Illegally parked cars and traffic were the biggest issues police departments reported Thursday as crowds continued to form outside three suburban dispensaries selling recreational marijuana.
More than 77,000 people spent nearly $3.2 million on newly legal cannabis products on Jan. 1, packing dispensaries in Mundelein, North Aurora, Addison and 31 other sites across the state.
They spent an average of $42 on cannabis flower, concentrates, vapes and edibles, all made available through the Cannabis Regulation and Tax Act, and they brought an average of $94,000 in sales to each dispensary.
But they also brought their cars and, in some cases, parked them in the wrong places, police said.
Officers in Addison issued 47 parking tickets Wednesday in the industrial park north of North Avenue where the EarthMed dispensary opened at 10 a.m., Chief Timothy "Bill" Hayden said. Then on Thursday, officers continued patrolling and issuing citations, while an electronic sign warned that illegally parked cars could be ticketed or towed.
The parking ticket count totaled 24 Wednesday in Mundelein, where Rise Mundelein was the first store in the region to begin recreational sales, starting at 6 a.m., Chief Eric Guenther said.
Cars were parked on both sides of the streets throughout the industrial park where Rise is located south of Townline Road, and that would have been a problem for truck access had other businesses not been closed for the New Year's holiday, Guenther said. Officers have posted "No Parking" signs on one side of each street in the development.
Guenther said he already has been in contact with Rise leaders about forming a better long-term parking plan.
"The site is very small and was not equipped for that amount of people," he said.
In North Aurora, Deputy Chief Scott Buziecki said, no parking tickets were issued and the scene, though bustling, was "nothing unlike at any other busy business."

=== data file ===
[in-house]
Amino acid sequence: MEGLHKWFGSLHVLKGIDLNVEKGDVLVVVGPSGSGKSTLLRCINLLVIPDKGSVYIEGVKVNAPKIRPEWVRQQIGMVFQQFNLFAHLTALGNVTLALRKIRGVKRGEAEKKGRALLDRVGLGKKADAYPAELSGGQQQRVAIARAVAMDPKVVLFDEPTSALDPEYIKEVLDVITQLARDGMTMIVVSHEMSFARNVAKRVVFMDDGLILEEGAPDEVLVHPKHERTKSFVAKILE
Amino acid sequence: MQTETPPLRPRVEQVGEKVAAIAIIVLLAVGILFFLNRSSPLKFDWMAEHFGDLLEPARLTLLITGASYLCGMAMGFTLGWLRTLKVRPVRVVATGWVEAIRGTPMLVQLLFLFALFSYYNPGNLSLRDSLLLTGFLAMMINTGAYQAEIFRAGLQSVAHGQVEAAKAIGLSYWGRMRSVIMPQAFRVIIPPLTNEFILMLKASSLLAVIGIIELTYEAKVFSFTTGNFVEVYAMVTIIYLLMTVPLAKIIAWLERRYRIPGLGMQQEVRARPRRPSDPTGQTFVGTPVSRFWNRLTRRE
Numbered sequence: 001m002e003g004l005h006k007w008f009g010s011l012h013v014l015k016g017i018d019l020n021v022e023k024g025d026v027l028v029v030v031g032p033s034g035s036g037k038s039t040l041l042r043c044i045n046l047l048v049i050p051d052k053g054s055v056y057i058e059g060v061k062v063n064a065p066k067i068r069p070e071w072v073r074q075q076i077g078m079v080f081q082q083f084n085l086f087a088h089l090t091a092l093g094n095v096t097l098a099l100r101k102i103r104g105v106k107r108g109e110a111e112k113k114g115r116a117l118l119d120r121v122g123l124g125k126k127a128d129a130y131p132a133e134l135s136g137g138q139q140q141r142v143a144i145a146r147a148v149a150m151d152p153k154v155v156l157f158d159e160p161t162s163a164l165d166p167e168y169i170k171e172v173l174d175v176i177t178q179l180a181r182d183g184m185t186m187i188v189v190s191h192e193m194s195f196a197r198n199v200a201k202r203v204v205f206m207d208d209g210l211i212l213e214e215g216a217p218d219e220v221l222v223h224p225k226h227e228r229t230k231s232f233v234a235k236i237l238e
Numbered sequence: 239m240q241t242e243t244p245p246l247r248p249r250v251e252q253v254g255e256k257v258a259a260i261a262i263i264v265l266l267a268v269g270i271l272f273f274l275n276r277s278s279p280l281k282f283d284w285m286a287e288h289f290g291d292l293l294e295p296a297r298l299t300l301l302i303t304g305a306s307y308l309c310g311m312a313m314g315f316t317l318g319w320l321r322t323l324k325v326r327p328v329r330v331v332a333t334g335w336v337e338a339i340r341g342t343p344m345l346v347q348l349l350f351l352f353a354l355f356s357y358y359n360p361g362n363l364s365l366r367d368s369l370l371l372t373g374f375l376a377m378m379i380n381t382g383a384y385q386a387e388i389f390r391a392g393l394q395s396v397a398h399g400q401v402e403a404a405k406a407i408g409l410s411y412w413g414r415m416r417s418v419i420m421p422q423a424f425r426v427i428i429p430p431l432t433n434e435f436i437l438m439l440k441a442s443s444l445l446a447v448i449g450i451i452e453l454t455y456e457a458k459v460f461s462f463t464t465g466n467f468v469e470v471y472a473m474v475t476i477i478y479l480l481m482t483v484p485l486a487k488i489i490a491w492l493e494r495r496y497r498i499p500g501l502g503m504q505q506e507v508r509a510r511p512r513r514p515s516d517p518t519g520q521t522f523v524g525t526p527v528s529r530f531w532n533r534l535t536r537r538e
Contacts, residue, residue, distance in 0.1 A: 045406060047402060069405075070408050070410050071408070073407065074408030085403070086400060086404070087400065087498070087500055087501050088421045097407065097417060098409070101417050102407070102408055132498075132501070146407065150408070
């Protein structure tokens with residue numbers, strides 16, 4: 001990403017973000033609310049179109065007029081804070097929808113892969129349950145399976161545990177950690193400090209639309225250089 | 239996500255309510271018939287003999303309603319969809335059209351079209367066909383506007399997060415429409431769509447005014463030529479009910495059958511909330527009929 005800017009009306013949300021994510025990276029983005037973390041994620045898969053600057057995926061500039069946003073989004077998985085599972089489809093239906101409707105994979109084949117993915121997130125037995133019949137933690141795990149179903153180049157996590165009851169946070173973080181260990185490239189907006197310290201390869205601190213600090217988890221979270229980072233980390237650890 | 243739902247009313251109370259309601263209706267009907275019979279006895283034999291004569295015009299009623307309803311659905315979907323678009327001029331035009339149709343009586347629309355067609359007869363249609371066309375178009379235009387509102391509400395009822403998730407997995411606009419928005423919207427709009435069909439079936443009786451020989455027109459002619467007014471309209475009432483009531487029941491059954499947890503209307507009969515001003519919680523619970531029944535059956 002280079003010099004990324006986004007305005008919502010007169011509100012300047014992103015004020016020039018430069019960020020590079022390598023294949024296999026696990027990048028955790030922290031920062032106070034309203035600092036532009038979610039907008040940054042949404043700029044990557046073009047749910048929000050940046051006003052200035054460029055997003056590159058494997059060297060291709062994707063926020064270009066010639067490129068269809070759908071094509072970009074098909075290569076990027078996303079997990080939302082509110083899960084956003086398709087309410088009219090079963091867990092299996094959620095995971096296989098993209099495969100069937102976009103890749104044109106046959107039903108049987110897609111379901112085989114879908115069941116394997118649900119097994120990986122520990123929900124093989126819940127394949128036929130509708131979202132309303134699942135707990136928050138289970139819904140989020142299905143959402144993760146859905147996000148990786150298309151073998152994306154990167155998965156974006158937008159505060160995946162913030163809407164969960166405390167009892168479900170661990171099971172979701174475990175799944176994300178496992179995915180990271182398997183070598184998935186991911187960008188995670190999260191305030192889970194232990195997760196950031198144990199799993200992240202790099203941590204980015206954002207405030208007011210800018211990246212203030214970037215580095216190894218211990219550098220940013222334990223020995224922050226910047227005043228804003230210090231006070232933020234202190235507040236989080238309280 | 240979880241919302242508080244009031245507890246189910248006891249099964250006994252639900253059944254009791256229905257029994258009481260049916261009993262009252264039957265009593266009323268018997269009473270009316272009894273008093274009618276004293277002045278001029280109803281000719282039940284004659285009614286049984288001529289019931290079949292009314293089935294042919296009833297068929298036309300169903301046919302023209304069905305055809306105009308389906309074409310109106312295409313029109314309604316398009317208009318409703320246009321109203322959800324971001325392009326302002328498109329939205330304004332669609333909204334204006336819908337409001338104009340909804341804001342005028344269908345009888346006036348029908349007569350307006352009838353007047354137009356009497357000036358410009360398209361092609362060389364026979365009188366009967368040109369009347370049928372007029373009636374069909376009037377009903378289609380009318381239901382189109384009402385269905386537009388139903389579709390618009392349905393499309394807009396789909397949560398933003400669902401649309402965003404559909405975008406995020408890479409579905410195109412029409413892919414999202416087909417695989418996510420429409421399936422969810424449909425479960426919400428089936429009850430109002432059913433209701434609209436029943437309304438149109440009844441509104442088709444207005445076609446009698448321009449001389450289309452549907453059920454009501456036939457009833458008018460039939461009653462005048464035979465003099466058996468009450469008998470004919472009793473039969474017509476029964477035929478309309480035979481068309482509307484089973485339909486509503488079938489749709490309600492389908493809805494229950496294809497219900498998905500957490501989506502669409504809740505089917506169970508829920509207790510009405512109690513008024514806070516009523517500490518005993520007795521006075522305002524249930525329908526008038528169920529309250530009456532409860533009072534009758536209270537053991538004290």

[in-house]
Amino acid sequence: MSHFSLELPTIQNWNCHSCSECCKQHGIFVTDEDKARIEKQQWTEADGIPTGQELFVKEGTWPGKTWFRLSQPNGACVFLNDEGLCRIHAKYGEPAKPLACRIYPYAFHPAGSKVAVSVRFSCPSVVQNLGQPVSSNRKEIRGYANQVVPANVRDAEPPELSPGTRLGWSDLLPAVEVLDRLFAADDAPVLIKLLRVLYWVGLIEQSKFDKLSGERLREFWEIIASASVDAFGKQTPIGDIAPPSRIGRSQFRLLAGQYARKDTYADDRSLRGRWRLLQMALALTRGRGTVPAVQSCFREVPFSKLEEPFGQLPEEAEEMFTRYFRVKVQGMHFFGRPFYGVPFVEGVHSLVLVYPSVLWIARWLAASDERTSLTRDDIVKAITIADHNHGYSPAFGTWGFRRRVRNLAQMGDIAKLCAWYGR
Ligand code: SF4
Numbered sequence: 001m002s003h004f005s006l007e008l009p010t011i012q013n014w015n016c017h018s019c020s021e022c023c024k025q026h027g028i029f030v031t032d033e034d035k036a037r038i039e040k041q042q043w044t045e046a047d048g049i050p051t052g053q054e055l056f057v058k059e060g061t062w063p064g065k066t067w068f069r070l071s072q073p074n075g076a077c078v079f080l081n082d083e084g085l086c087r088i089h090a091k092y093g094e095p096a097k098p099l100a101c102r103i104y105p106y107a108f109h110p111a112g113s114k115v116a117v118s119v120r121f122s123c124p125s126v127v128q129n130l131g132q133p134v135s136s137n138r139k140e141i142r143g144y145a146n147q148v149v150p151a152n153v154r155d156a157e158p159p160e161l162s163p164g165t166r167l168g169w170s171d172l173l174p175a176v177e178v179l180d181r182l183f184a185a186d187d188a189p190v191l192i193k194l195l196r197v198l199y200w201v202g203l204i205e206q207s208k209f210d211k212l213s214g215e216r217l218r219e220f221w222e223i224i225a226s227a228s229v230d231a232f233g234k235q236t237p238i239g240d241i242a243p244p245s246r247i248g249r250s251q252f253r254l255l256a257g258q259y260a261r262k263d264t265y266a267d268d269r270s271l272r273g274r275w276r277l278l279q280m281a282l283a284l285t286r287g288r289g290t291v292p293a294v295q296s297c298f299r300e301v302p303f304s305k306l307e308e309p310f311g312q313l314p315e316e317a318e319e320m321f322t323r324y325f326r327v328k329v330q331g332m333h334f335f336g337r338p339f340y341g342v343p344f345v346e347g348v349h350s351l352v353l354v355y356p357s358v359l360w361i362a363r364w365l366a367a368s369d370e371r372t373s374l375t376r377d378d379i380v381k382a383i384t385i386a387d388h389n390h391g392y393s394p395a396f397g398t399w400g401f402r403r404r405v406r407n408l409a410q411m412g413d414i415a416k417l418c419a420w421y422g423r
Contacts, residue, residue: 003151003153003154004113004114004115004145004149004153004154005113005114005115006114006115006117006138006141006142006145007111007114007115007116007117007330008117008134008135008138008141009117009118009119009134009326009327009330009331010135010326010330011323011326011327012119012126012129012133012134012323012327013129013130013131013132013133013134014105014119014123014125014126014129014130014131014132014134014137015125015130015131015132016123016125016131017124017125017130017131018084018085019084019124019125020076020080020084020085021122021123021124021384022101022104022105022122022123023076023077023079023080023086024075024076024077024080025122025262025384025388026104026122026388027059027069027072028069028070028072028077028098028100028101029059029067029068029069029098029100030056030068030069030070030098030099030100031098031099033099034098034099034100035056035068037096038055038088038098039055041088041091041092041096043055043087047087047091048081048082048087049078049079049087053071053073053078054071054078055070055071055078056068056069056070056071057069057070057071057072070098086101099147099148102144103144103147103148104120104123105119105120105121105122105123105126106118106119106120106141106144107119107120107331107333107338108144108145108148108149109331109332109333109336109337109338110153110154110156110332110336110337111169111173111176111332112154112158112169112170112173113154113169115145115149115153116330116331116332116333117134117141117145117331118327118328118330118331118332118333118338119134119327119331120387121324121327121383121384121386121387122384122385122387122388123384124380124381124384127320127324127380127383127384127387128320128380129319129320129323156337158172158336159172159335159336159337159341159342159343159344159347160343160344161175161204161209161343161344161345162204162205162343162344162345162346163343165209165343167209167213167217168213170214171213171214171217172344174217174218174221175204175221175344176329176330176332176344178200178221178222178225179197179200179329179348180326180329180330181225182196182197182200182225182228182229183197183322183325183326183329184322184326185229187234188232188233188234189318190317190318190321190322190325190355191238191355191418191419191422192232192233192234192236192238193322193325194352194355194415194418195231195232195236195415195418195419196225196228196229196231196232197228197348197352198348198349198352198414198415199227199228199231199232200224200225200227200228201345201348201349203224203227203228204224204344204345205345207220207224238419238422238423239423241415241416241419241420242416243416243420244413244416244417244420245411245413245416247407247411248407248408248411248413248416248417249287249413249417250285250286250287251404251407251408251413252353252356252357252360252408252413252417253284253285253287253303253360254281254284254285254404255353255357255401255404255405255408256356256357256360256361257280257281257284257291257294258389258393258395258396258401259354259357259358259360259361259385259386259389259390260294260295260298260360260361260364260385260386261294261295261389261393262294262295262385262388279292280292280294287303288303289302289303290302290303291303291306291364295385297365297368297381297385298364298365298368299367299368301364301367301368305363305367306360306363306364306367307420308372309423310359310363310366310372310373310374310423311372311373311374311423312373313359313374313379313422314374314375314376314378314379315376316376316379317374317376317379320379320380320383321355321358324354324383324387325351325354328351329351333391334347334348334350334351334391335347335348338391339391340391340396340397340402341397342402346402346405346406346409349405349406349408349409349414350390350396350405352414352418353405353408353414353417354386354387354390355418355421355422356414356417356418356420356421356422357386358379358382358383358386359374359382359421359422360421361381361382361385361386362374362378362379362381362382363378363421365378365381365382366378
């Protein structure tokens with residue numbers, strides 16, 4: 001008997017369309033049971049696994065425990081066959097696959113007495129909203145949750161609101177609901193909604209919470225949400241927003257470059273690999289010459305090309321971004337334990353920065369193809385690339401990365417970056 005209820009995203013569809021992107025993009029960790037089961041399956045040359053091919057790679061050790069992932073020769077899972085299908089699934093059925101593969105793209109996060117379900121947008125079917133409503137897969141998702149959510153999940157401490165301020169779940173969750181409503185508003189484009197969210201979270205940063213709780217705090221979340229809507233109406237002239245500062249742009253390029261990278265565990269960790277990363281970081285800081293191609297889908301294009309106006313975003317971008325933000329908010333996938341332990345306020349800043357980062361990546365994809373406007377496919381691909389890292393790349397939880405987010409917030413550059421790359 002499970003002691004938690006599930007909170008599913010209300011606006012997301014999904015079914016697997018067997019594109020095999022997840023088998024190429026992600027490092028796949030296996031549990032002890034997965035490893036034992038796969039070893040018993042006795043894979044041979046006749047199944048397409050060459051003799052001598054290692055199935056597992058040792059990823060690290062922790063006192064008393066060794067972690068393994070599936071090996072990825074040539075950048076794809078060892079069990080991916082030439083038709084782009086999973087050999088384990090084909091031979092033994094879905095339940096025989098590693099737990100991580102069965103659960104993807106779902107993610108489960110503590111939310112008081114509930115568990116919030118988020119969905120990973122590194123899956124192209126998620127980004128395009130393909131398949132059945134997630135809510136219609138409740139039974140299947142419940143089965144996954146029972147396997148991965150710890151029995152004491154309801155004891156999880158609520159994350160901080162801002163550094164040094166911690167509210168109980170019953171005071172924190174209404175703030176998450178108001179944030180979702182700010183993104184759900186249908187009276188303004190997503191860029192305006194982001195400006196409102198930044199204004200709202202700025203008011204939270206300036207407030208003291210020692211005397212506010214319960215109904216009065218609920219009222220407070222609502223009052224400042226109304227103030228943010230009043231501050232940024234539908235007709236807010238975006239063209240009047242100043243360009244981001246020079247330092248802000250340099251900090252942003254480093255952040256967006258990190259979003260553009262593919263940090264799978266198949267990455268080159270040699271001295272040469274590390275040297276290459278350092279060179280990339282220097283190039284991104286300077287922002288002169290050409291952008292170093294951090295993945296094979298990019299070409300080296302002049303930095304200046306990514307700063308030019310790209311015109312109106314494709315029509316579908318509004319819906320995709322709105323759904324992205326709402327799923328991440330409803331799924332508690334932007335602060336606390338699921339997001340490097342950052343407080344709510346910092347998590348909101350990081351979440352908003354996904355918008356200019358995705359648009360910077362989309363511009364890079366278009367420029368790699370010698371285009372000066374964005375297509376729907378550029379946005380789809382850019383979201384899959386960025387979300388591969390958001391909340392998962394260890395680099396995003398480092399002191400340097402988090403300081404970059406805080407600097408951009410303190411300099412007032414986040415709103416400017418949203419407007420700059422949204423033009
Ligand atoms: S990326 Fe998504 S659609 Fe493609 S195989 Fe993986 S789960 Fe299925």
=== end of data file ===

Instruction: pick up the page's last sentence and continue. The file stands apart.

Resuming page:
Police are asking customers of the Verilife dispensary on Route 31 not to park at nearby businesses but to use one of three village parking lots within walking distance north of the store.
Despite lines in the hundreds at each of the suburban shops selling recreational marijuana, police said they had no issues on the first day of sales with customers using their new products in public, which remains against the law, or with crashes or criminal behavior.
"Everyone behaved," Hayden said. "It was just the excitement of the first day. I think it's going to wear off pretty quick."
The lines Thursday at the Addison dispensary weren't as long as the lines the day before. But roughly 200 people were waiting for recreational sales when doors opened at 11 a.m. while another dozen waited at a separate entrance for medical marijuana sales.
"I drove by here a few times yesterday, but the line was just too long to stop," said Palatine resident Justin Myers. "This line is way more reasonable today and it should only take us about a half-hour more until we're in there. People just don't know how popular weed is."
Cedrick Lewis of Bellwood also tried to buy yesterday but was turned off by the long lines. He's not a fan of the Addison dispensary's location in an industrial park.
"Hopefully they can get these into a storefront soon," he said. "If you can go buy liquor at a store next to a restaurant or other retail businesses like that, why can't you with marijuana? I bet that will change, though."
The deadline to apply for the next round of dispensary licenses also came Thursday, the state's pot czar, Toi Hutchinson, noted during a news conference announcing first-day sales figures. She said 75 more licenses will be issued for recreational-use-only dispensaries.
Minority applicants will receive preferential consideration in this round of licensing. Hutchinson also noted the work the state is doing to vacate low-level marijuana possession charges.
"Sales are great, but let's never lose sight of the impact that we're having on families around the state," she said. "Earlier this week, the governor expunged 11,017 cannabis misdemeanor records, and there's many, many more to come."
The sales figures officials released Thursday don't yet include how much of the first-day revenue was sales and how much was cannabis taxes. The state's 6.25% sales tax is applied to all recreational marijuana products, but the separate cannabis rates vary depending on potency, ranging between 10% and 25%.
Municipalities that allow recreational dispensaries also charge taxes on the products.
Illinois' first-day sales topped the sales Michigan dispensaries achieved in two weeks, according to a story on the Advance Local Media website MLive.com. In Michigan, however, most of the 16 licensed dispensaries did not begin sales on the first possible day.